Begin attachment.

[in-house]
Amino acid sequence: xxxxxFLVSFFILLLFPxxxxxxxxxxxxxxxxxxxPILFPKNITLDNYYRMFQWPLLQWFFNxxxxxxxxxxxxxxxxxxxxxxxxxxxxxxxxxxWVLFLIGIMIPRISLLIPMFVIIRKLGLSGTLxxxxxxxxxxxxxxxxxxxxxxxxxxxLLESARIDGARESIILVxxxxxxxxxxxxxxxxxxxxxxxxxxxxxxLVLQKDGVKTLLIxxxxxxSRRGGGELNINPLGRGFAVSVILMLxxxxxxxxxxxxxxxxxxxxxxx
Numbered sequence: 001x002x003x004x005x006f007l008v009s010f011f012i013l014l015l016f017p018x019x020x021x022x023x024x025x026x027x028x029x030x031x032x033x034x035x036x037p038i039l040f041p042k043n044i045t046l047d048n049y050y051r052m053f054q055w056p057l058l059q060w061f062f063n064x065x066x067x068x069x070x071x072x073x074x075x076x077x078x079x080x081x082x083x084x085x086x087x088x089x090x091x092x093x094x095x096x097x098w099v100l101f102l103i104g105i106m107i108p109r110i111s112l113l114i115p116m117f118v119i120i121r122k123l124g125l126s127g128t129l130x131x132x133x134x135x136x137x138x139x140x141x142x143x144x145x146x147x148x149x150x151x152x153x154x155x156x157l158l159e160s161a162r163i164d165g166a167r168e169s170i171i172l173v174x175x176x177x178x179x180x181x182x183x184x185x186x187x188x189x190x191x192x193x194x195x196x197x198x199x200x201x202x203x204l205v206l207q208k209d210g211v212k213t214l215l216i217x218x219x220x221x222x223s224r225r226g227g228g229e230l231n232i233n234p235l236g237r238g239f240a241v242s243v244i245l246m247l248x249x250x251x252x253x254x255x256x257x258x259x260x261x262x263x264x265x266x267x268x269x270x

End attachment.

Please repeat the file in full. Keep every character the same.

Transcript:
[in-house]
Amino acid sequence: xxxxxFLVSFFILLLFPxxxxxxxxxxxxxxxxxxxPILFPKNITLDNYYRMFQWPLLQWFFNxxxxxxxxxxxxxxxxxxxxxxxxxxxxxxxxxxWVLFLIGIMIPRISLLIPMFVIIRKLGLSGTLxxxxxxxxxxxxxxxxxxxxxxxxxxxLLESARIDGARESIILVxxxxxxxxxxxxxxxxxxxxxxxxxxxxxxLVLQKDGVKTLLIxxxxxxSRRGGGELNINPLGRGFAVSVILMLxxxxxxxxxxxxxxxxxxxxxxx
Numbered sequence: 001x002x003x004x005x006f007l008v009s010f011f012i013l014l015l016f017p018x019x020x021x022x023x024x025x026x027x028x029x030x031x032x033x034x035x036x037p038i039l040f041p042k043n044i045t046l047d048n049y050y051r052m053f054q055w056p057l058l059q060w061f062f063n064x065x066x067x068x069x070x071x072x073x074x075x076x077x078x079x080x081x082x083x084x085x086x087x088x089x090x091x092x093x094x095x096x097x098w099v100l101f102l103i104g105i106m107i108p109r110i111s112l113l114i115p116m117f118v119i120i121r122k123l124g125l126s127g128t129l130x131x132x133x134x135x136x137x138x139x140x141x142x143x144x145x146x147x148x149x150x151x152x153x154x155x156x157l158l159e160s161a162r163i164d165g166a167r168e169s170i171i172l173v174x175x176x177x178x179x180x181x182x183x184x185x186x187x188x189x190x191x192x193x194x195x196x197x198x199x200x201x202x203x204l205v206l207q208k209d210g211v212k213t214l215l216i217x218x219x220x221x222x223s224r225r226g227g228g229e230l231n232i233n234p235l236g237r238g239f240a241v242s243v244i245l246m247l248x249x250x251x252x253x254x255x256x257x258x259x260x261x262x263x264x265x266x267x268x269x270x